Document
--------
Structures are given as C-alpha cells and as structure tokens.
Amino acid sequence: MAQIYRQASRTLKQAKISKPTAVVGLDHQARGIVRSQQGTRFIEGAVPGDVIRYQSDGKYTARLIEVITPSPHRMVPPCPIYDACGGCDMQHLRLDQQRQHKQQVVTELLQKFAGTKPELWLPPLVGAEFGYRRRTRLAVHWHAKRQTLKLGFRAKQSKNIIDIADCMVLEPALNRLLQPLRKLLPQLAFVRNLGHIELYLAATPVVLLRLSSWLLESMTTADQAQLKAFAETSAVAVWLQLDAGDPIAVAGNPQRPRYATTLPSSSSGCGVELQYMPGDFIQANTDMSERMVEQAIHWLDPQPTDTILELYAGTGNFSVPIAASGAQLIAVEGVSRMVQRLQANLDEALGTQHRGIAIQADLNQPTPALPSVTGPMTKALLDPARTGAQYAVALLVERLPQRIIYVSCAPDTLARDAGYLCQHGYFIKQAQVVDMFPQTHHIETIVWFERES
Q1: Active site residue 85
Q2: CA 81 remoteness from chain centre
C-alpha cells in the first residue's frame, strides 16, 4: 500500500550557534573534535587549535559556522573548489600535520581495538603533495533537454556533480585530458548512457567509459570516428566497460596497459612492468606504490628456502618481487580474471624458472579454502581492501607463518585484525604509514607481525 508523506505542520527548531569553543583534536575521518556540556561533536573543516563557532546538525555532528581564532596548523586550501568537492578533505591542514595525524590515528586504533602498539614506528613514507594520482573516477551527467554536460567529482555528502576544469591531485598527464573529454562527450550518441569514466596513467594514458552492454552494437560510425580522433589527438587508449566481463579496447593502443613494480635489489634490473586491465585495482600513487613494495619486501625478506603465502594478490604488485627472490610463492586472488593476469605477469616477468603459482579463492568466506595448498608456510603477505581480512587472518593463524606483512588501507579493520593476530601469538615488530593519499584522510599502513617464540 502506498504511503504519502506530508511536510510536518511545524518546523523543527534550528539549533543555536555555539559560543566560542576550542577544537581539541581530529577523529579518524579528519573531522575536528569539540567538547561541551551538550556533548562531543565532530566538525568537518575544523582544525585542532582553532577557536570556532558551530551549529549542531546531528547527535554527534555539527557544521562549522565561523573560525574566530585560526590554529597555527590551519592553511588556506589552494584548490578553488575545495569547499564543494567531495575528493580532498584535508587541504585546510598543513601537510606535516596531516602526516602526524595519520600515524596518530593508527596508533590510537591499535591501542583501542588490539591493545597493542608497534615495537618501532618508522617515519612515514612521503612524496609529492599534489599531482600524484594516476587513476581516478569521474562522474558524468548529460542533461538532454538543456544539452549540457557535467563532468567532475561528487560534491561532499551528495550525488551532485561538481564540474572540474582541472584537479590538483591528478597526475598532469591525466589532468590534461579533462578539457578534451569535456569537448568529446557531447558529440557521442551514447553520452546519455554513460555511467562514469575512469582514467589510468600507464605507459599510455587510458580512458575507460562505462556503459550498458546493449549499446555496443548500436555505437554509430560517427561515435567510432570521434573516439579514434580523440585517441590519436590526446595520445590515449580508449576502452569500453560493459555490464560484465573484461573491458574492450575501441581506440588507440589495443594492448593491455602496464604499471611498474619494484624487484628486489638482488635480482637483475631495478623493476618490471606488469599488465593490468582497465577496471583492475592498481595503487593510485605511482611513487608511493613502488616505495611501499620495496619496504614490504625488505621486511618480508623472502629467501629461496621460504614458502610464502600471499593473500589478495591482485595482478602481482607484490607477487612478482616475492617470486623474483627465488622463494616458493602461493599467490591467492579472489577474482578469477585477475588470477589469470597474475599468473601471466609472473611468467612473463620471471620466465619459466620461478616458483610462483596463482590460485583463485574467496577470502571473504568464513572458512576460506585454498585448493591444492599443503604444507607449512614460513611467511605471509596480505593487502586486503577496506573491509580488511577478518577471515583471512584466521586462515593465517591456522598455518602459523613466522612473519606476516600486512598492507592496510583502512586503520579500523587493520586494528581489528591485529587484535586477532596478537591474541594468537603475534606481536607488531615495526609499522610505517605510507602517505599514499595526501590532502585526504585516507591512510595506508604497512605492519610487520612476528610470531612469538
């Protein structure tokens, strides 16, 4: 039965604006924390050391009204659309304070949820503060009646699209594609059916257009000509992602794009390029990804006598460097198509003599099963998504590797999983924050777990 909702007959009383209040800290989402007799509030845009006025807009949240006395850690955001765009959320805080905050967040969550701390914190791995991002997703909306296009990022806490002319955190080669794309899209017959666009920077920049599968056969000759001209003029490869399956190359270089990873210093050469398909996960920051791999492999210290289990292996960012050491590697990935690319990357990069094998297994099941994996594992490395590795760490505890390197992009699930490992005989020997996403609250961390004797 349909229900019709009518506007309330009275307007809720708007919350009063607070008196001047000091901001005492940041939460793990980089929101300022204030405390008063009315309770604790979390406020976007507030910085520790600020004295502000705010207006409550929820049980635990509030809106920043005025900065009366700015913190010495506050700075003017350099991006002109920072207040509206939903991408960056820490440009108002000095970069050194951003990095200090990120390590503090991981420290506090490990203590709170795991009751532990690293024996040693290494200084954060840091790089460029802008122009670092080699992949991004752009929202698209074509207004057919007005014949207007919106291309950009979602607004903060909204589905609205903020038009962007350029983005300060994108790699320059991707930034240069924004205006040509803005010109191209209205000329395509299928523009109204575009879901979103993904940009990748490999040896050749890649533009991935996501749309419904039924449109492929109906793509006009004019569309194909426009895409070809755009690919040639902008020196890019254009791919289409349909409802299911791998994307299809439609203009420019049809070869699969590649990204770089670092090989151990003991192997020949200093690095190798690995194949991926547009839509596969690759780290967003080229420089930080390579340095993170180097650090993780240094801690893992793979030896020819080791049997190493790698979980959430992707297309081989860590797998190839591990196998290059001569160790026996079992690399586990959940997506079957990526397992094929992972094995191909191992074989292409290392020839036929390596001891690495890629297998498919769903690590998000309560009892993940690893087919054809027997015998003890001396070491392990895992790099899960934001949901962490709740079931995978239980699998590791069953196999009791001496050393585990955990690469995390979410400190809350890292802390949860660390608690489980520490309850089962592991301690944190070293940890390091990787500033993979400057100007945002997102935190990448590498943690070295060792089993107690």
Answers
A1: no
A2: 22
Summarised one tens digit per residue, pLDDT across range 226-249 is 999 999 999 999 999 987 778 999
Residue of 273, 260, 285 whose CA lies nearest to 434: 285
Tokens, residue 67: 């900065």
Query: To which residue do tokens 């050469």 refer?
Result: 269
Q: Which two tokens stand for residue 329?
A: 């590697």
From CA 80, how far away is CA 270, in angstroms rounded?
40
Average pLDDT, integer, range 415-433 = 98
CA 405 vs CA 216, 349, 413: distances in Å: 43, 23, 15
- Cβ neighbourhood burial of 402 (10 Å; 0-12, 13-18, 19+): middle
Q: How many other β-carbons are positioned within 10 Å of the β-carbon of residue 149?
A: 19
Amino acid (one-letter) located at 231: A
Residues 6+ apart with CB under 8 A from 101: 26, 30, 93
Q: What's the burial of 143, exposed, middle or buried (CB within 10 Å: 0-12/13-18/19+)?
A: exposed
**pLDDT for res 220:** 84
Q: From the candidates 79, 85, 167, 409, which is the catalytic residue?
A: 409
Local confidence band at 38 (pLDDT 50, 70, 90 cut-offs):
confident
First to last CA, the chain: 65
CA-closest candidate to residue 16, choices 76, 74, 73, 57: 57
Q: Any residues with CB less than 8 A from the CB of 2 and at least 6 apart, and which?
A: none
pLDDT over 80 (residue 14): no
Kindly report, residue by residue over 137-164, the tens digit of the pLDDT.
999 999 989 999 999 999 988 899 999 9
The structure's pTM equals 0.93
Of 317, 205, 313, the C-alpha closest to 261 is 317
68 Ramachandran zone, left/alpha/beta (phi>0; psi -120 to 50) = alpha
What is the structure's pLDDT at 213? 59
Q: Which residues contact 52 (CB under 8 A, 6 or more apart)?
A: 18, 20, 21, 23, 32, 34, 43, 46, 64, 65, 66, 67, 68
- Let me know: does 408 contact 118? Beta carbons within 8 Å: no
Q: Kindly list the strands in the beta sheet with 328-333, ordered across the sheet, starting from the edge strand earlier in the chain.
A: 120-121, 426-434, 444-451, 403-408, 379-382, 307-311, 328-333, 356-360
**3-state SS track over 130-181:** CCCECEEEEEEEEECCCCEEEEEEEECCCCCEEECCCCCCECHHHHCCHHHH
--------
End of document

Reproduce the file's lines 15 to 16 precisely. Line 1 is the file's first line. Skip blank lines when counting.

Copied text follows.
Q: Which two tokens stand for residue 329?
A: 């590697």